City Paper is not for tourists
For a Rust Belt city, my hometown of Bethlehem, Pa., has fared relatively well. By the time Bethlehem Steel ceased manufacturing in the 1990s, the local economy was already less reliant on it—aided by its proximity to New York and Philadelphia, the growth of local colleges, and a modest tourism industry. Then came a casino, right on top of what used to be a giant iron-ore pit. The city’s emphasis on entertainment is most obvious at the foot of Bethlehem Steel’s blast furnaces, where some of the land has been converted into a complex called Arts Quest. It’s a bit surreal—hulking, rusty towers on one side, theater and music facilities on the other—but it certainly makes a statement about finding value in tough places. A principal from Spillman Farmer, the architecture firm behind Arts Quest, will discuss it as part of the National Building Museum’s “Industry to Art: Revitalizing Cities through Culture” program. Also appearing will be representatives from Power House Productions, which lures artists to Detroit; the Pittsburgh Cultural Trust, which also knows a thing or two about steel towns; and HR&A Advisors, whose projects have included New York’s High Line and the Anacostia waterfront.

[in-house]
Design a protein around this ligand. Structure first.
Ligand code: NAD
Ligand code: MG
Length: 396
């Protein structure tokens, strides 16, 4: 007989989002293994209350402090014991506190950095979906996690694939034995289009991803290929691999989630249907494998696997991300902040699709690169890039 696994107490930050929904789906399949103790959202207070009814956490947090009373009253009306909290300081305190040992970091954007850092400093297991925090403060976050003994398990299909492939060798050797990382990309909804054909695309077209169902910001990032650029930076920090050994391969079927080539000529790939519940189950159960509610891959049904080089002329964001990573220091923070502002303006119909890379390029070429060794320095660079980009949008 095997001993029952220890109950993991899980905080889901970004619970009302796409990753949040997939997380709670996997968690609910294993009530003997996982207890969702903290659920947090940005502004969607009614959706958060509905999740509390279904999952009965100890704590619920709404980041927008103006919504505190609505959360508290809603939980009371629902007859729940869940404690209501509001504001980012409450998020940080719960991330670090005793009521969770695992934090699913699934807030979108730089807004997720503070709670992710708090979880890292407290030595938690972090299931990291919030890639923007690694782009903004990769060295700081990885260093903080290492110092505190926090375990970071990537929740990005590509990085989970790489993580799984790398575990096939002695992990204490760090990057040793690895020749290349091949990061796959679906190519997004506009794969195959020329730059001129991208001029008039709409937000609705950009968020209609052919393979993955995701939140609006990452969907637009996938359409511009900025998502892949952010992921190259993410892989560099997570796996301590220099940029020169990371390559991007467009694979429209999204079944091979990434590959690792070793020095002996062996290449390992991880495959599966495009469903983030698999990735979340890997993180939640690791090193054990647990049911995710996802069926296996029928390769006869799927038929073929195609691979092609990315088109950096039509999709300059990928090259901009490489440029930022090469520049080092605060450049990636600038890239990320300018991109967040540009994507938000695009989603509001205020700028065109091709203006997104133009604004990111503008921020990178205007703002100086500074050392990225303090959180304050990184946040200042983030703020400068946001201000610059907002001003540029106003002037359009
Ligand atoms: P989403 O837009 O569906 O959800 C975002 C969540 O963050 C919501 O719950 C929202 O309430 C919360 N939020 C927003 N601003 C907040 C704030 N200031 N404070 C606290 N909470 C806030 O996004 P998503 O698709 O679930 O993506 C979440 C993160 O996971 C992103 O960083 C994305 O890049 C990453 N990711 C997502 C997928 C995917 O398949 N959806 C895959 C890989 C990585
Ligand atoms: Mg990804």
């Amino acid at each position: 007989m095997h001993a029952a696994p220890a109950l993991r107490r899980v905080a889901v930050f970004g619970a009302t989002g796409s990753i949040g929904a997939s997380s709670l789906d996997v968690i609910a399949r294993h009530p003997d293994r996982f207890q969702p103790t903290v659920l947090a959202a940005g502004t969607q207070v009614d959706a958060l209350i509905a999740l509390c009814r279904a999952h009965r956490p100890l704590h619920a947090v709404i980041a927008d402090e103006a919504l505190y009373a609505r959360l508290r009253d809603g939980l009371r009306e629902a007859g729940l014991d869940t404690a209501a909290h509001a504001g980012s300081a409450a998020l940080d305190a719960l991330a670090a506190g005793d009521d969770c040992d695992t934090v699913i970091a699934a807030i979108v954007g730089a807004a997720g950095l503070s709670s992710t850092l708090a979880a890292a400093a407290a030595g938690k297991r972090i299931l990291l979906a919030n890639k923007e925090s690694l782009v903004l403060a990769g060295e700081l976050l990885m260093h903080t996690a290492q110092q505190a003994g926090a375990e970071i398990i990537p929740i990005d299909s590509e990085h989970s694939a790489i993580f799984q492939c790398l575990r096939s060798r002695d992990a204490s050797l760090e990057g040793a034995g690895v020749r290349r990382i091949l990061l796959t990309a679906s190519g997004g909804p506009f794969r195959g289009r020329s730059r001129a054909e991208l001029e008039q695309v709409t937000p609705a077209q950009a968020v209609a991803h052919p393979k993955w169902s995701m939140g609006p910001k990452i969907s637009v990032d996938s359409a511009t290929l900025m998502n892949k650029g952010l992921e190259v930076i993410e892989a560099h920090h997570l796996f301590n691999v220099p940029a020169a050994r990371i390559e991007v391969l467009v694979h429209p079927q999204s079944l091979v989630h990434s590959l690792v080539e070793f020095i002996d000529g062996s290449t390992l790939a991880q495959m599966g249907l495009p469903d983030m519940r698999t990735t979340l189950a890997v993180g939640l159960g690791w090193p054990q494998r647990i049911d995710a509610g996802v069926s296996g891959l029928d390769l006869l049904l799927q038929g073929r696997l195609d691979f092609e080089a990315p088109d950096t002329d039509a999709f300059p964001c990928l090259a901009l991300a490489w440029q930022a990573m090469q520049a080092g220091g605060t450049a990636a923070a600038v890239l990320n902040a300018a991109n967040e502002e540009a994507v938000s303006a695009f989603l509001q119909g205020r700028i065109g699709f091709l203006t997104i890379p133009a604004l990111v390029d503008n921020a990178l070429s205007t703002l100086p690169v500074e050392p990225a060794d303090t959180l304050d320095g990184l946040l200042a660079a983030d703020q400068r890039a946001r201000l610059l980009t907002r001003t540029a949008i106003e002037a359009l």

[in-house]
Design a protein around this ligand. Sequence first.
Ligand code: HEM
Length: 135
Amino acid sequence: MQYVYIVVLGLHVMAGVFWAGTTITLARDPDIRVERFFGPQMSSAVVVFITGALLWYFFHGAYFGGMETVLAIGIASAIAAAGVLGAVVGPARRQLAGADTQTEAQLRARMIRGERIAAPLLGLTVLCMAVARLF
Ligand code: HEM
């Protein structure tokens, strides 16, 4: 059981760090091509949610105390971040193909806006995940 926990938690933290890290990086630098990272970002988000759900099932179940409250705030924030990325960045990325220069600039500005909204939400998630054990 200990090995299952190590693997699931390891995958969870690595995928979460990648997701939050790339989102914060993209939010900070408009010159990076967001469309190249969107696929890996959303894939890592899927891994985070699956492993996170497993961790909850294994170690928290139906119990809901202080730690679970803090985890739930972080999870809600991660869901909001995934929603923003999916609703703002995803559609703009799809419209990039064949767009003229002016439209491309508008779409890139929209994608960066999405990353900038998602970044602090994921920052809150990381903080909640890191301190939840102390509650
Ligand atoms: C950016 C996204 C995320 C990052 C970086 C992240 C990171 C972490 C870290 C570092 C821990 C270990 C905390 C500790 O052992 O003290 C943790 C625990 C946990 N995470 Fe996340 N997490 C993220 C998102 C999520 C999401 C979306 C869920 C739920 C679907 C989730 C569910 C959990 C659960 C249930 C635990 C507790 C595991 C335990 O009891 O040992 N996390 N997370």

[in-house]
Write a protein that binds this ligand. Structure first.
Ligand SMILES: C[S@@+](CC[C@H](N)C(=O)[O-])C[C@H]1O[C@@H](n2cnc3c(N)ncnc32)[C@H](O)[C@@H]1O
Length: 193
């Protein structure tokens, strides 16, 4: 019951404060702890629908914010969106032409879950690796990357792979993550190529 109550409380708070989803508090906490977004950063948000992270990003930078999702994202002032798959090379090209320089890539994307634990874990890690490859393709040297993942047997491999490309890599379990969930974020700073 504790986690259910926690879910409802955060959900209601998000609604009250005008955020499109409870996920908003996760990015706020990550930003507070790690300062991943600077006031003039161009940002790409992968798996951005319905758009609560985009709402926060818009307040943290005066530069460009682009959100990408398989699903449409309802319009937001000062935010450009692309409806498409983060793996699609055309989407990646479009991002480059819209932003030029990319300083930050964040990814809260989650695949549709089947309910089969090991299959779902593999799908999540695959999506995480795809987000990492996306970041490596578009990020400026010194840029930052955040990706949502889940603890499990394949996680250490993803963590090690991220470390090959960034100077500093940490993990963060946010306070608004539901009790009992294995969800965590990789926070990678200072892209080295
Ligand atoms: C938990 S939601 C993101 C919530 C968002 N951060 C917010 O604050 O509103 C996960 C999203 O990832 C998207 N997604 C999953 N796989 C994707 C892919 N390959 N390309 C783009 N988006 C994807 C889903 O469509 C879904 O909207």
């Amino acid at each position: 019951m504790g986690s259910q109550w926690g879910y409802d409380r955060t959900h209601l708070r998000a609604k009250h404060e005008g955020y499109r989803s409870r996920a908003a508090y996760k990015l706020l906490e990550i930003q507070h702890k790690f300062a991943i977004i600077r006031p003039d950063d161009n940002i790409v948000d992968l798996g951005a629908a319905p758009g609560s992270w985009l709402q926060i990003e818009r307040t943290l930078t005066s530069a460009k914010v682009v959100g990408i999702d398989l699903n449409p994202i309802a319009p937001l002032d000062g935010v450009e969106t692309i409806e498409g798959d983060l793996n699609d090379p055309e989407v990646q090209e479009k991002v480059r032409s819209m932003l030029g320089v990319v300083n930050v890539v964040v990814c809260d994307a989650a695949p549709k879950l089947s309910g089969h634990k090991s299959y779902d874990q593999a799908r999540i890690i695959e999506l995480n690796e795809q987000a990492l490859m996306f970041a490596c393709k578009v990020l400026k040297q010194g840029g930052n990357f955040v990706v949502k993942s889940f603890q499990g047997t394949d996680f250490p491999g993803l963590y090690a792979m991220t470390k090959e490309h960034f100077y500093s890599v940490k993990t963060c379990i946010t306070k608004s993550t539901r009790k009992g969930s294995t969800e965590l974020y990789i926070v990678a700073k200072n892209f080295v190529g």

The program begins at 6:30 p.m. at the National Building Museum, 401 F St. NW. $12-$20. (202) 272-2448. nbm.org.